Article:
Ecological coherence of diversity patterns derived from classical fingerprinting and Next Generation Sequencing techniques
|Author(s)||Gobet Angelique1, 2, Boetius Antje1, 3, Ramette Alban1|
|Affiliation(s)||1 : Max Planck Inst Marine Microbiol, HGF MPG Grp Deep Sea Ecol & Technol, Bremen, Germany.
2 : Jacobs Univ Bremen GmbH, Bremen, Germany.
3 : Alfred Wegener Inst Polar & Marine Res, Bremerhaven, Germany.
|Source||Environmental Microbiology (1462-2912) (Wiley-blackwell), 2014-09 , Vol. 16 , N. 9 , P. 2672-2681|
|WOS© Times Cited||46|
|Note||Special Issue: Metagenomics, and Biomes in Health and Disease|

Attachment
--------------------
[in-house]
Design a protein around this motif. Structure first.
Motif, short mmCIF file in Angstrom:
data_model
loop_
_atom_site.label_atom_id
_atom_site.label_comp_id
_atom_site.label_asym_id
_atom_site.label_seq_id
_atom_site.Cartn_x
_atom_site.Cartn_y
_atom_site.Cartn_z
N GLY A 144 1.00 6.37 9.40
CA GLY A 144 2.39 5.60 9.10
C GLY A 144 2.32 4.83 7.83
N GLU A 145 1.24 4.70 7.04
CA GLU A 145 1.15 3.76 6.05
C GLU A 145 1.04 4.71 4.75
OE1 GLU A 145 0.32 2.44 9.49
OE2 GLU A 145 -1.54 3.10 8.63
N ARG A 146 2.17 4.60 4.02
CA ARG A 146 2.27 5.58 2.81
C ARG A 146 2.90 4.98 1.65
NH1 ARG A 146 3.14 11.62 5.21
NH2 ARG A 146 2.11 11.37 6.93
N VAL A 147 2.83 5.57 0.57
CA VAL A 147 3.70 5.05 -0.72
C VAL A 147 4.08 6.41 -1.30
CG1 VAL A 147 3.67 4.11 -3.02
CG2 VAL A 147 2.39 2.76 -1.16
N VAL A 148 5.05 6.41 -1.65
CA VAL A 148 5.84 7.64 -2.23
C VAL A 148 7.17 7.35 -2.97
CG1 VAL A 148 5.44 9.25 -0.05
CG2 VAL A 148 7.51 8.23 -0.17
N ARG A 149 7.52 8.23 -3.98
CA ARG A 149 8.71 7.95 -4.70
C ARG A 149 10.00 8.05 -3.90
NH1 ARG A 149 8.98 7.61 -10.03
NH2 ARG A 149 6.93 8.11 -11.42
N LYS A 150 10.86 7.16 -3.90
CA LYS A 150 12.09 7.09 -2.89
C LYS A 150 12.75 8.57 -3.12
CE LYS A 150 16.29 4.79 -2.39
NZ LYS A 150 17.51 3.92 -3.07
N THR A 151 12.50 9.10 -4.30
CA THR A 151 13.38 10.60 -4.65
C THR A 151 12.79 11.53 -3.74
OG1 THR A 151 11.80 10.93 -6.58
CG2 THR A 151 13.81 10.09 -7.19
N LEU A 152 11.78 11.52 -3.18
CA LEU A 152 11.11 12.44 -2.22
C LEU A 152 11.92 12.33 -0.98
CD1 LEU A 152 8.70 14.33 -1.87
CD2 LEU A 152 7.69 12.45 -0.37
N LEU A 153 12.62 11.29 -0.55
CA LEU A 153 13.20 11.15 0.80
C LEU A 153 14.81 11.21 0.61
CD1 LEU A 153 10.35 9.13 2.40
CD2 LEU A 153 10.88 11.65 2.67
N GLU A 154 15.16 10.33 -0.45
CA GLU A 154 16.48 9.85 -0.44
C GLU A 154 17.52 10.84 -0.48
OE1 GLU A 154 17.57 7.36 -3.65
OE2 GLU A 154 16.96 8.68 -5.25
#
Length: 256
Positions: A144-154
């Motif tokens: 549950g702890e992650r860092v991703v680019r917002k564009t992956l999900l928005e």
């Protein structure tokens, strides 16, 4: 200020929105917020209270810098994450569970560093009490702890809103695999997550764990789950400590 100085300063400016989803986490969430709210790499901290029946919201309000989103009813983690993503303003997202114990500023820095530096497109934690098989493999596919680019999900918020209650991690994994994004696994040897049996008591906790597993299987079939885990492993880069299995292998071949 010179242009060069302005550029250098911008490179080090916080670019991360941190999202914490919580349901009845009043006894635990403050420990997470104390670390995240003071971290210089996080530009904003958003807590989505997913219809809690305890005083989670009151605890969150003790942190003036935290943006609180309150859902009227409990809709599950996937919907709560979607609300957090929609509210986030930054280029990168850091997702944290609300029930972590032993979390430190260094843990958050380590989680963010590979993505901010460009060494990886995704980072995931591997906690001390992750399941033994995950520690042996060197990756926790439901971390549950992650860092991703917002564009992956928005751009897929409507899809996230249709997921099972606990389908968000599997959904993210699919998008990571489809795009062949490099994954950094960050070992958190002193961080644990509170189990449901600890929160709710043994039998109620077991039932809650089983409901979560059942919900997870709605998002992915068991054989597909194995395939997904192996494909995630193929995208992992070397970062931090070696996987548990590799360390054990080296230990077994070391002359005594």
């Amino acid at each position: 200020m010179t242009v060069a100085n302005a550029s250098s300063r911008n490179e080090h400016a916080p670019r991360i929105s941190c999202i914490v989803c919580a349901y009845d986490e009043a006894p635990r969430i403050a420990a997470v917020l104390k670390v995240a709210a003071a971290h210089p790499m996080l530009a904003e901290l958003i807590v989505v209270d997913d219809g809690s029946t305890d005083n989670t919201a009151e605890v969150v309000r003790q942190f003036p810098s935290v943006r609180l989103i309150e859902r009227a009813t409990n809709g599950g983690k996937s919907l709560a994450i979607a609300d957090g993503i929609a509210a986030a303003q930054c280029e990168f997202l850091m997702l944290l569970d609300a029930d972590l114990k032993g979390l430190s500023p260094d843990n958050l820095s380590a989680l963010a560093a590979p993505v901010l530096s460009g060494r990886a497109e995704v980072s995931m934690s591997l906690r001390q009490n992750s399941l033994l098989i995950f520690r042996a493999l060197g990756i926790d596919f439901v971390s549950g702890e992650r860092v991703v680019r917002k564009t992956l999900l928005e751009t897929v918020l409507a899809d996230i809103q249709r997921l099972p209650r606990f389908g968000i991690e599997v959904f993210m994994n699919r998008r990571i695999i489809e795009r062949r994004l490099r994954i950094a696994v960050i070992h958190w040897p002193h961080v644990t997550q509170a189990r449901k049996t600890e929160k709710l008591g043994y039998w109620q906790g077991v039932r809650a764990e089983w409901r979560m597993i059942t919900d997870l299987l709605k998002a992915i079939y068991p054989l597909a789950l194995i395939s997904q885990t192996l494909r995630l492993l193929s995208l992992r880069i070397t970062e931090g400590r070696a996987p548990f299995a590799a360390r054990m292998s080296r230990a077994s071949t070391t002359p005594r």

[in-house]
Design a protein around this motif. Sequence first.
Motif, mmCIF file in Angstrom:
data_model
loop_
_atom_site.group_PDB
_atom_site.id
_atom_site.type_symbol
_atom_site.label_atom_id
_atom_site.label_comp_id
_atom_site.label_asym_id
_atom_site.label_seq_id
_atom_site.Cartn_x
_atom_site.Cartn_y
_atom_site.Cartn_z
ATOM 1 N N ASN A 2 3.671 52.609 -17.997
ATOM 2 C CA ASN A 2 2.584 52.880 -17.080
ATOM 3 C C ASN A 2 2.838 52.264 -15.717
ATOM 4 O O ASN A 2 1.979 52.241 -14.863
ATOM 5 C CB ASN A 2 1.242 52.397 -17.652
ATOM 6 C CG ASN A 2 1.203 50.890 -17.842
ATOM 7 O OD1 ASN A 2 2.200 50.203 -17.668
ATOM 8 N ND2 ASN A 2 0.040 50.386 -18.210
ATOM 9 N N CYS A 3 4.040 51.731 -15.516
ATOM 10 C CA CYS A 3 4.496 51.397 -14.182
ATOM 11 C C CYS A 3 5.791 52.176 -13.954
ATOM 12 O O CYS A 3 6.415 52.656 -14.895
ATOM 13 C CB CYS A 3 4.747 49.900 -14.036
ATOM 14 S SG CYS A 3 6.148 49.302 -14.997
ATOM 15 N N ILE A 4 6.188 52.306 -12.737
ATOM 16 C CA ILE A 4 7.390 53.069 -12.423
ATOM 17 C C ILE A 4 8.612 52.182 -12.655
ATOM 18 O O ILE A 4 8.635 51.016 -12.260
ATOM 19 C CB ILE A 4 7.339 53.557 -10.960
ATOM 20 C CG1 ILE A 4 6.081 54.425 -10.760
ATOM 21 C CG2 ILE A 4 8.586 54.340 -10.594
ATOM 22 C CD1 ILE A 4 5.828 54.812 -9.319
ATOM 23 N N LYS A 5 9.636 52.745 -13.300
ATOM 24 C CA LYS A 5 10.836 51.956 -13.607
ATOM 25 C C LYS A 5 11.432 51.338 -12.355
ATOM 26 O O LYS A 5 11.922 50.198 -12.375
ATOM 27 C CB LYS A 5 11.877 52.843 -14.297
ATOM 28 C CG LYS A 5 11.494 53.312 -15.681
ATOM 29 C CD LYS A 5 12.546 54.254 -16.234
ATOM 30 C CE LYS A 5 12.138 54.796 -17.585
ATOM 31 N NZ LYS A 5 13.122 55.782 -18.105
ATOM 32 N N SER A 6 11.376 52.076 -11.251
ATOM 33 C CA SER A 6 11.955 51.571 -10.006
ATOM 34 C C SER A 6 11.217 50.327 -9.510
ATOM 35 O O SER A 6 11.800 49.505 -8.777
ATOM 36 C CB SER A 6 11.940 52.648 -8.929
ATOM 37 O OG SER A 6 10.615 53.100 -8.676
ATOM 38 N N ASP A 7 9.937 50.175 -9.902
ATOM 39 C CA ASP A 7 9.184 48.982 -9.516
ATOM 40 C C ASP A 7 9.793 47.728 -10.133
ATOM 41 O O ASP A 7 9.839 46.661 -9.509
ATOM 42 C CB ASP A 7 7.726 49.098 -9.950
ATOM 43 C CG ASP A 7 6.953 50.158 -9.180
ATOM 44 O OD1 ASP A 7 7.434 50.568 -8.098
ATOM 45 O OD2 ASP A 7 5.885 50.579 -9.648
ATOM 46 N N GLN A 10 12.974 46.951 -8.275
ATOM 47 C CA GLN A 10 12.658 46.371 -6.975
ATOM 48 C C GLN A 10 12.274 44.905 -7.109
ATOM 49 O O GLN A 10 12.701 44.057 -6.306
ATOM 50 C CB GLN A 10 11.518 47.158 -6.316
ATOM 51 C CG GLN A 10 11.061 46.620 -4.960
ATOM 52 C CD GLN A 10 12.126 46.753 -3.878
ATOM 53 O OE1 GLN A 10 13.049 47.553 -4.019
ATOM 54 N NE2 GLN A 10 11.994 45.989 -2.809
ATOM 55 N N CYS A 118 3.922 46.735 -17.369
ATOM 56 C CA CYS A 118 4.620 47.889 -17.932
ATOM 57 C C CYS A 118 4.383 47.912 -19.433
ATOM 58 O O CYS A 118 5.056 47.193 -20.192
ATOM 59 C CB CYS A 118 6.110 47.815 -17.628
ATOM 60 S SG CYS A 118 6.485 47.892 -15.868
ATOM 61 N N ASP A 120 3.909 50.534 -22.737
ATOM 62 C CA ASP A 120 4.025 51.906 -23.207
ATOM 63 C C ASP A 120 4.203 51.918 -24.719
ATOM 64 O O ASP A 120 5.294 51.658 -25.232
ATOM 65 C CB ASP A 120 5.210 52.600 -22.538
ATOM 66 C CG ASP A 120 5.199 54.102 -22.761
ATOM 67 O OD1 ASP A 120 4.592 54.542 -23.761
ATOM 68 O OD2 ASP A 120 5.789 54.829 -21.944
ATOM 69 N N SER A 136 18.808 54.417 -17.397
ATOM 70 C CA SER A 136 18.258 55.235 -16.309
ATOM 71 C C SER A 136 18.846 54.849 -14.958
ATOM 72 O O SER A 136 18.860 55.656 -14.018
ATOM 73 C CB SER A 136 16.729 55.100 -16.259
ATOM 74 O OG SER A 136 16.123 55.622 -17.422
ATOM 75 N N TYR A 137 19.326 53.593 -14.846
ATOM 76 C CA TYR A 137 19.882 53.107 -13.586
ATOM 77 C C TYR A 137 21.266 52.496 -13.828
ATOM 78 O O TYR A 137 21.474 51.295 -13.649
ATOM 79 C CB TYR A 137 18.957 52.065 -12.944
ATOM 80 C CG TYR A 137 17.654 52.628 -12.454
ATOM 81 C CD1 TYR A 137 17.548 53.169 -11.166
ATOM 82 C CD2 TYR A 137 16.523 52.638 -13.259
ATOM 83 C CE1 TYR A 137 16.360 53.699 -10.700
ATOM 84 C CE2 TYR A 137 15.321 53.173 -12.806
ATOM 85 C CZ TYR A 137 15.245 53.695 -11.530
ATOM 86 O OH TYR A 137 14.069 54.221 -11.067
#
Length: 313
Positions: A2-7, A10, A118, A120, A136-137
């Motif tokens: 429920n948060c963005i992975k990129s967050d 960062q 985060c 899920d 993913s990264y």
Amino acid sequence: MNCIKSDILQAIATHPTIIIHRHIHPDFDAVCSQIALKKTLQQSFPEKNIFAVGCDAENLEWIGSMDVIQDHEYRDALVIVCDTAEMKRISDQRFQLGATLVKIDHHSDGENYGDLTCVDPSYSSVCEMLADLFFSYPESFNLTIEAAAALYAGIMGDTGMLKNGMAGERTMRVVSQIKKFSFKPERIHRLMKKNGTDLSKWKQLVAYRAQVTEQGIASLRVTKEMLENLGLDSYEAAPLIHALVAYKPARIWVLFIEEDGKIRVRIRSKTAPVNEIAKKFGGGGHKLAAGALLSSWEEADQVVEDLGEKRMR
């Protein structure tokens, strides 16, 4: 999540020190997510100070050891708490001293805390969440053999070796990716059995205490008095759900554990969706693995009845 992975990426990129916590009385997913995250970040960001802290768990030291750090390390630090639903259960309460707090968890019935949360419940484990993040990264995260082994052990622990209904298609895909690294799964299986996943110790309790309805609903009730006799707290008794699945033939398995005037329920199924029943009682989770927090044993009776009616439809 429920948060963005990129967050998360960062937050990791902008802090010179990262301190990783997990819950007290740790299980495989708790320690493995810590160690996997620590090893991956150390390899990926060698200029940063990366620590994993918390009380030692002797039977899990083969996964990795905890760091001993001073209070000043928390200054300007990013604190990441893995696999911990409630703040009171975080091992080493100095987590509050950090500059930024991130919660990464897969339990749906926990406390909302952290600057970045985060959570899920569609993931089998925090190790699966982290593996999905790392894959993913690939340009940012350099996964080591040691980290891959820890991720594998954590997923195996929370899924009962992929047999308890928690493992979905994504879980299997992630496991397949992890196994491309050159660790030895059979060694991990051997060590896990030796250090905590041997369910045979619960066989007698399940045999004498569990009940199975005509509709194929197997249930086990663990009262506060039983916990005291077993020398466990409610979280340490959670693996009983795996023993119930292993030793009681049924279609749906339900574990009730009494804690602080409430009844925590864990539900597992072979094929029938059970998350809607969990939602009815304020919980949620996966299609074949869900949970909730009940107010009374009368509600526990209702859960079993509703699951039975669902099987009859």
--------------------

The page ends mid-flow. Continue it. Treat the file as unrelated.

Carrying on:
Changes in richness and bacterial community structure obtained via 454 Massively Parallel Tag Sequencing (MPTS) and Automated Ribosomal Intergenic Analysis (ARISA) were systematically compared to determine whether and how the ecological knowledge obtained from both molecular techniques could be combined. We evaluated community changes over time and depth in marine coastal sands at different levels of taxonomic resolutions, sequence corrections and sequence abundances. Although richness over depth layers or sampling dates greatly varied [approximate to 30% and 70-80% new operational taxonomic units (OTU) between two samples with ARISA and MPTS respectively], overall patterns of community variations were similar with both approaches. Alpha-diversity estimated by ARISA-derived OTU was most similar to that obtained from MPTS-derived OTU defined at the order level. Similar patterns of OTU replacement were also found with MPTS at the family level and with 20-25% rare types removed. Using ARISA or MPTS datasets with lower resolution, such as those containing only resident OTU, yielded a similar set of significant contextual variables explaining bacterial community changes. Hence, ARISA as a rapid and low-cost fingerprinting technique represents a valid starting point for more in-depth exploration of community composition when complemented by the detailed taxonomic description offered by MPTS.